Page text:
WATCH: British PM Says Israel Needs United Kingdom to Remain in EU to Fight BDS, Iranian Nukes

David Cameron tells Jewish community event in London that 'Brexit' would leave U.K. powerless to fight for its Israeli ally.

Justin Cohen, Jewish News

LONDON - British Prime Minister David Cameron said Monday night that Israel needs Britain to remain in the European Union to help it fight BDS. Cameron, who was addressing a Jewish community event, was speaking three days before the referendum on Britain’s membership of the EU. He added that, as a member of the EU, Britain would have more power to prevent Iran from obtaining nuclear weapons and, in a campaign which has largely been dominated by the issue of immigration, praised British Jews as “a model of integration in modern Britain.”

Cameron, who has been campaigning energetically for Britain to remain in the EU, made a quick visit last night to the annual fundraising dinner of the Jewish Care welfare organization, in central London. He asked the donors at the dinner: “Do you want Britain, Israel’s greatest friend, in there opposing boycotts, opposing the campaign for divestment and sanctions, or do you want us outside the room, powerless to effect the discussion that takes place?”

This was the first time Israel has been mentioned by the prime minister in context of the referendum. His view mirrors the unofficial one held by the government in Jerusalem, though the Israeli government is not publicly taking a position on the referendum.

Cameron also brought up the controversial poster presented last week by the one of the leaders of the “Leave” camp, UKIP party leader Nigel Farage, which showed hundreds of refugees fleeing Syria, under the slogan “Breaking Point.”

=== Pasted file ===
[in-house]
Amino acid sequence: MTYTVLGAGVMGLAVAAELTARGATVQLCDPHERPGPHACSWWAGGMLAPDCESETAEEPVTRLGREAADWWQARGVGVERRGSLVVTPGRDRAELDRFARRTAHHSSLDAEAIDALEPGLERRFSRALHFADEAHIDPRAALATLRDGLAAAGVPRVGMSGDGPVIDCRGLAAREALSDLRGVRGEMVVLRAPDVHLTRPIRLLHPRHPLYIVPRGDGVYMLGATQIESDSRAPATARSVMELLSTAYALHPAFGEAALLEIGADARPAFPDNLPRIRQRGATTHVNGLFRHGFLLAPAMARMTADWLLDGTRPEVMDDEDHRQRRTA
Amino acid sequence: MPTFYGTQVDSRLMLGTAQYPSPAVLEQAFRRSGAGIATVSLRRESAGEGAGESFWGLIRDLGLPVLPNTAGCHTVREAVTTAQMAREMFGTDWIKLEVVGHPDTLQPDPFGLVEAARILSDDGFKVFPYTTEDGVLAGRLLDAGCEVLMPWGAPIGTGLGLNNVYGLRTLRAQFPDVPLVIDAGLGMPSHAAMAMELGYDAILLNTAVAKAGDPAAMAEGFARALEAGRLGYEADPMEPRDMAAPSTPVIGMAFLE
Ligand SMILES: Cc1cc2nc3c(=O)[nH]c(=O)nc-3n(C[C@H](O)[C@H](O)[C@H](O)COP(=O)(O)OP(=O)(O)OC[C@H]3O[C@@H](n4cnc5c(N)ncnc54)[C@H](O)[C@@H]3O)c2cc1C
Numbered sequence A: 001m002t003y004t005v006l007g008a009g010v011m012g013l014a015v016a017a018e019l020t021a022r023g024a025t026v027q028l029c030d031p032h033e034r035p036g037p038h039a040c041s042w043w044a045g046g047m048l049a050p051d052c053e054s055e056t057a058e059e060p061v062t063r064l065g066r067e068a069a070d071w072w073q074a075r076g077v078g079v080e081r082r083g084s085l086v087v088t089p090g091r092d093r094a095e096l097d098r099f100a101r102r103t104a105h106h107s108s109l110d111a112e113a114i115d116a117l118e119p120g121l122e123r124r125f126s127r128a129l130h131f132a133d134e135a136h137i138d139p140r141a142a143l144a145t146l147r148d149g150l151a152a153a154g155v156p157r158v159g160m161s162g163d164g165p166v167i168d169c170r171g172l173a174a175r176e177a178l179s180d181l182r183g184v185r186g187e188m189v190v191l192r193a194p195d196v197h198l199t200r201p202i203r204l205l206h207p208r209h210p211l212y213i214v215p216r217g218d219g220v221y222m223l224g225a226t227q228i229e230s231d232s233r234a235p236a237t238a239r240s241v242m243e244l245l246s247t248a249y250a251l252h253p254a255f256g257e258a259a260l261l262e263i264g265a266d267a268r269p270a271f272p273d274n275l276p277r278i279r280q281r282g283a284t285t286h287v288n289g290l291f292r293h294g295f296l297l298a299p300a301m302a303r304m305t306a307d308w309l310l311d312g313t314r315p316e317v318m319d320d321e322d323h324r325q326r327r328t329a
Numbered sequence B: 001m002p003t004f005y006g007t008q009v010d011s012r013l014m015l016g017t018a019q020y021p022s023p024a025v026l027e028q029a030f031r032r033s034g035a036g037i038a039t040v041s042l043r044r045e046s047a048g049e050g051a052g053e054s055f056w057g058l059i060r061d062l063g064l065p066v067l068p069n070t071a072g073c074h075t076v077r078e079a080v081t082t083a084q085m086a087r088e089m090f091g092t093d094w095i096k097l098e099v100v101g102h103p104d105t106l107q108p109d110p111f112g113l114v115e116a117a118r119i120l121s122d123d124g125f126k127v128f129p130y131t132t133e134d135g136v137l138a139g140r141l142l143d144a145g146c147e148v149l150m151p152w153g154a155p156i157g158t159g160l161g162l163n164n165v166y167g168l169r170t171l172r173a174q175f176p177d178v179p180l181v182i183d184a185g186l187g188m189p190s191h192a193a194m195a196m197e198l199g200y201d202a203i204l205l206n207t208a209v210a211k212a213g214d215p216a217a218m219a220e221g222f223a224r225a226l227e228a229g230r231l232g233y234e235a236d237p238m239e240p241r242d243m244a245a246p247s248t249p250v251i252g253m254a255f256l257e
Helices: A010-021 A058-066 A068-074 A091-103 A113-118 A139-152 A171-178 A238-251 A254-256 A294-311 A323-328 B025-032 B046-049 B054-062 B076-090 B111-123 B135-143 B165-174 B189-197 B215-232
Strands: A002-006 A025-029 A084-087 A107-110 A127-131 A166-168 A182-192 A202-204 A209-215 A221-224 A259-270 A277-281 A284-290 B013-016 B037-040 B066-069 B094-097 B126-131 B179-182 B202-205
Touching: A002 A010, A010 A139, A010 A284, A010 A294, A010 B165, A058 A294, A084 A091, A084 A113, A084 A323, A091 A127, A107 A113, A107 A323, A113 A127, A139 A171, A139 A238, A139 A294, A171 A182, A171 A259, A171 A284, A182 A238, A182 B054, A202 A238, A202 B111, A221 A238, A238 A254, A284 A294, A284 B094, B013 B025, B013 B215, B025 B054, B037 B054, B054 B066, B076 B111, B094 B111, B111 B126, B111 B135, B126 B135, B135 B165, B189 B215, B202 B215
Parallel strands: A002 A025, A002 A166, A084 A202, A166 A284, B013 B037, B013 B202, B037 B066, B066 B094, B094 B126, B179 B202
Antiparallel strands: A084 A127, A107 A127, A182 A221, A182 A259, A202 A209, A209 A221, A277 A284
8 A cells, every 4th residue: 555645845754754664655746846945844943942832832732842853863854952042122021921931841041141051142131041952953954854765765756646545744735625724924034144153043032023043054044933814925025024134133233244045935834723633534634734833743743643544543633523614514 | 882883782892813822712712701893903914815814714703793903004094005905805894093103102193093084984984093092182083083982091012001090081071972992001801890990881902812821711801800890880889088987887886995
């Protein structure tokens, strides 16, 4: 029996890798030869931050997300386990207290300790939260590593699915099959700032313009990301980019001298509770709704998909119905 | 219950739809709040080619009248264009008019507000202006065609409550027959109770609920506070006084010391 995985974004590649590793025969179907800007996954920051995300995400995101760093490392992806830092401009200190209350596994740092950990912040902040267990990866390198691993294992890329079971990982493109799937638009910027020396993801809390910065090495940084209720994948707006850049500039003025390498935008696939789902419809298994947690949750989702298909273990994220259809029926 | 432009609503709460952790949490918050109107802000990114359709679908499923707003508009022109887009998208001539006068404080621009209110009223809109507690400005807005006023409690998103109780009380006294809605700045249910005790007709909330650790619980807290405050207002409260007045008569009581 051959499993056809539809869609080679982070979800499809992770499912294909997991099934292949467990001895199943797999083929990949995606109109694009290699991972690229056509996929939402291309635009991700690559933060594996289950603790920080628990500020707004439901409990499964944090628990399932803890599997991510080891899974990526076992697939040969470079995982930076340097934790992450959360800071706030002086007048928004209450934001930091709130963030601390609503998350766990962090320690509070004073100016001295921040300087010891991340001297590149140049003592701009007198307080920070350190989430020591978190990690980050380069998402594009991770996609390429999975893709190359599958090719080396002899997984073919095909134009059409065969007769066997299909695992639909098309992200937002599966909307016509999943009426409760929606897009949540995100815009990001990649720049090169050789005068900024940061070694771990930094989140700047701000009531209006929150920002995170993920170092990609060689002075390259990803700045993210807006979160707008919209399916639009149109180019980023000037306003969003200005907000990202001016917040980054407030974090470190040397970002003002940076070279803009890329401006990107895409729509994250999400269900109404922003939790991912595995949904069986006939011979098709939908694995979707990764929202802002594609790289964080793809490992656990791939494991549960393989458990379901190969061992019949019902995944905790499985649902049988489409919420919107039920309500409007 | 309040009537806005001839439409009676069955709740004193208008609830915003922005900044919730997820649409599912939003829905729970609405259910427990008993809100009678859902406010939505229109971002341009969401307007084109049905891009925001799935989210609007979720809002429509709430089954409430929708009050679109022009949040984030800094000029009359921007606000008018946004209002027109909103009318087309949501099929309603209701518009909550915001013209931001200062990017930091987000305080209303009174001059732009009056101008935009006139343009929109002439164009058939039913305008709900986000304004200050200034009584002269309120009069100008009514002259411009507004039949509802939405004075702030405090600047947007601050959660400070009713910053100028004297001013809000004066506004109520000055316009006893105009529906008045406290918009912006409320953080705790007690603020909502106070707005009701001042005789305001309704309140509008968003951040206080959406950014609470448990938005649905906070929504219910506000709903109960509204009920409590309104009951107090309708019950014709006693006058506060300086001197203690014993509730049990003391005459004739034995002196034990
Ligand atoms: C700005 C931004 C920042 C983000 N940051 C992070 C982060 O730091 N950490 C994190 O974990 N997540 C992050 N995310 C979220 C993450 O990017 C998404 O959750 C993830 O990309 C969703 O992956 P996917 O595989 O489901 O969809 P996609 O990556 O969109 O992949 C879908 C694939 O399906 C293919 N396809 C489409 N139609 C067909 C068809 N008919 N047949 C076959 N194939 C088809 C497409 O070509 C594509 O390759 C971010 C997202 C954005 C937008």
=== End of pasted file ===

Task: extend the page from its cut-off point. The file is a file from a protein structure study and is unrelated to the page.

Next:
“When I look at that poster, which Nigel Farage stood in front of the for the leave campaign” he said, “I see the opposite of everything that makes our country great. I am proud that Britain is home to people who fled persecution including those who fled from the Nazis or Russian pogroms.”

Referring here to the Jews who found refuge in Britain, Cameron added that, “That is what is so amazing about our Jewish community. You are the model of how to integrate in modern Britain. And there is also something so special about modern Britain. We may not be perfect but we are one of the most successful multi-faith, multi-ethnic democracies anywhere on earth.”

Attacking those who say that Britain is weaker as a member of the EU, Cameron said that membership “enhances” Britain’s power on issues such as “fighting climate change, combatting terrorism, standing up to Russia, stopping Iran getting a nuclear weapon”.

Israeli ambassador to Britain, Mark Regev, was also at the event, though he didn’t address the audience. An Israeli official who attended the event said that, “Cameron is a true friend of Israel and of the Jewish community, as clearly reflected by his words last night. His steadfast friendship over the years has further strengthened the partnership between our democracies”.

The Israeli government has decided not to take a public position on the referendum, but senior officials in Jerusalem have made it clear in recent weeks that Israel is in favor of Britain remaining in the EU, so it can help safeguard Israel’s interests in Europe and also since Britain’s possible departure from the Union, would be a boost to racist and extremist parties throughout the continent.

In contrast, Regavim – a right wing, pro-settlement organization that is partially funded by local authorities in Israel – is campaigning in support of Brexit, urging Britons to vote for the United Kingdom to leave the European Union as payback for the EU’s support for the Palestinians.